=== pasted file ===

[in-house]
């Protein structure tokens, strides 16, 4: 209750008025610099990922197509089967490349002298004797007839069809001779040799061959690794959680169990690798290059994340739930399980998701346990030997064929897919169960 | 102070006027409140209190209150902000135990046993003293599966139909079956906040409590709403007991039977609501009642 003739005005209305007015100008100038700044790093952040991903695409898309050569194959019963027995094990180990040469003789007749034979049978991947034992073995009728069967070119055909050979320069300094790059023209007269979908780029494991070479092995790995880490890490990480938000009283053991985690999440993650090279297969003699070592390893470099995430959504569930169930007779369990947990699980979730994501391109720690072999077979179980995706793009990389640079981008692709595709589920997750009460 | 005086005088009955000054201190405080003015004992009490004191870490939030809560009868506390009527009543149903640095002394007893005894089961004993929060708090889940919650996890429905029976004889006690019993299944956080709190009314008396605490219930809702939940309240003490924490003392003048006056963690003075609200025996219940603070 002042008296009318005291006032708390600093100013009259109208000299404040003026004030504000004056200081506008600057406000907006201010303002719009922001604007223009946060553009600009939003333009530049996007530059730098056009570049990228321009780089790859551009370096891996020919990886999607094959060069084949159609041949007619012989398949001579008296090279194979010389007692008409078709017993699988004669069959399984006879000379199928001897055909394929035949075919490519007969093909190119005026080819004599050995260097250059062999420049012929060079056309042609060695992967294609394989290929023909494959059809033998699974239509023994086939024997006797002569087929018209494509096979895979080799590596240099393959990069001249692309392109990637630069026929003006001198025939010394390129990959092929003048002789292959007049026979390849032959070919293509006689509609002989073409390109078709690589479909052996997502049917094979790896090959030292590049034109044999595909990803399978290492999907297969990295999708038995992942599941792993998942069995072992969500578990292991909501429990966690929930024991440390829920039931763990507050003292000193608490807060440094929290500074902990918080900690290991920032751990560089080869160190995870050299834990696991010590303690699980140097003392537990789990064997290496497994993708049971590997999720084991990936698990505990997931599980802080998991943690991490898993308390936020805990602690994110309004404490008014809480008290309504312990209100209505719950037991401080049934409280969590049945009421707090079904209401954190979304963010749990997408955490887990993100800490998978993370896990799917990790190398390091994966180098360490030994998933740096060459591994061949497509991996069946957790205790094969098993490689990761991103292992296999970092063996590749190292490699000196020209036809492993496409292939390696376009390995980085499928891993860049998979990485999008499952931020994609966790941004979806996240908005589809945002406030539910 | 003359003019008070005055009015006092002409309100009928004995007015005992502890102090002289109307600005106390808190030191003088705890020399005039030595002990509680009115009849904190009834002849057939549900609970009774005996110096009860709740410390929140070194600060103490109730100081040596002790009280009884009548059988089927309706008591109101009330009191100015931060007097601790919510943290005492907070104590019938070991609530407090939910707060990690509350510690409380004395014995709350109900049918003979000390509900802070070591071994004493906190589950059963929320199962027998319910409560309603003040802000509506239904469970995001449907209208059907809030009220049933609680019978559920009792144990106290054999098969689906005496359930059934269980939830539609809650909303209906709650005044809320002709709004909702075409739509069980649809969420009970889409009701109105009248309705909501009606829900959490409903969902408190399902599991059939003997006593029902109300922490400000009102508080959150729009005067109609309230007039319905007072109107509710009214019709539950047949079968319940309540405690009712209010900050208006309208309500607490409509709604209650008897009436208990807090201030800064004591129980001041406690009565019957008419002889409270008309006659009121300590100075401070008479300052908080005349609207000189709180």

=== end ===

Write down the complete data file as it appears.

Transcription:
[in-house]
């Protein structure tokens, strides 16, 4: 209750008025610099990922197509089967490349002298004797007839069809001779040799061959690794959680169990690798290059994340739930399980998701346990030997064929897919169960 | 102070006027409140209190209150902000135990046993003293599966139909079956906040409590709403007991039977609501009642 003739005005209305007015100008100038700044790093952040991903695409898309050569194959019963027995094990180990040469003789007749034979049978991947034992073995009728069967070119055909050979320069300094790059023209007269979908780029494991070479092995790995880490890490990480938000009283053991985690999440993650090279297969003699070592390893470099995430959504569930169930007779369990947990699980979730994501391109720690072999077979179980995706793009990389640079981008692709595709589920997750009460 | 005086005088009955000054201190405080003015004992009490004191870490939030809560009868506390009527009543149903640095002394007893005894089961004993929060708090889940919650996890429905029976004889006690019993299944956080709190009314008396605490219930809702939940309240003490924490003392003048006056963690003075609200025996219940603070 002042008296009318005291006032708390600093100013009259109208000299404040003026004030504000004056200081506008600057406000907006201010303002719009922001604007223009946060553009600009939003333009530049996007530059730098056009570049990228321009780089790859551009370096891996020919990886999607094959060069084949159609041949007619012989398949001579008296090279194979010389007692008409078709017993699988004669069959399984006879000379199928001897055909394929035949075919490519007969093909190119005026080819004599050995260097250059062999420049012929060079056309042609060695992967294609394989290929023909494959059809033998699974239509023994086939024997006797002569087929018209494509096979895979080799590596240099393959990069001249692309392109990637630069026929003006001198025939010394390129990959092929003048002789292959007049026979390849032959070919293509006689509609002989073409390109078709690589479909052996997502049917094979790896090959030292590049034109044999595909990803399978290492999907297969990295999708038995992942599941792993998942069995072992969500578990292991909501429990966690929930024991440390829920039931763990507050003292000193608490807060440094929290500074902990918080900690290991920032751990560089080869160190995870050299834990696991010590303690699980140097003392537990789990064997290496497994993708049971590997999720084991990936698990505990997931599980802080998991943690991490898993308390936020805990602690994110309004404490008014809480008290309504312990209100209505719950037991401080049934409280969590049945009421707090079904209401954190979304963010749990997408955490887990993100800490998978993370896990799917990790190398390091994966180098360490030994998933740096060459591994061949497509991996069946957790205790094969098993490689990761991103292992296999970092063996590749190292490699000196020209036809492993496409292939390696376009390995980085499928891993860049998979990485999008499952931020994609966790941004979806996240908005589809945002406030539910 | 003359003019008070005055009015006092002409309100009928004995007015005992502890102090002289109307600005106390808190030191003088705890020399005039030595002990509680009115009849904190009834002849057939549900609970009774005996110096009860709740410390929140070194600060103490109730100081040596002790009280009884009548059988089927309706008591109101009330009191100015931060007097601790919510943290005492907070104590019938070991609530407090939910707060990690509350510690409380004395014995709350109900049918003979000390509900802070070591071994004493906190589950059963929320199962027998319910409560309603003040802000509506239904469970995001449907209208059907809030009220049933609680019978559920009792144990106290054999098969689906005496359930059934269980939830539609809650909303209906709650005044809320002709709004909702075409739509069980649809969420009970889409009701109105009248309705909501009606829900959490409903969902408190399902599991059939003997006593029902109300922490400000009102508080959150729009005067109609309230007039319905007072109107509710009214019709539950047949079968319940309540405690009712209010900050208006309208309500607490409509709604209650008897009436208990807090201030800064004591129980001041406690009565019957008419002889409270008309006659009121300590100075401070008479300052908080005349609207000189709180």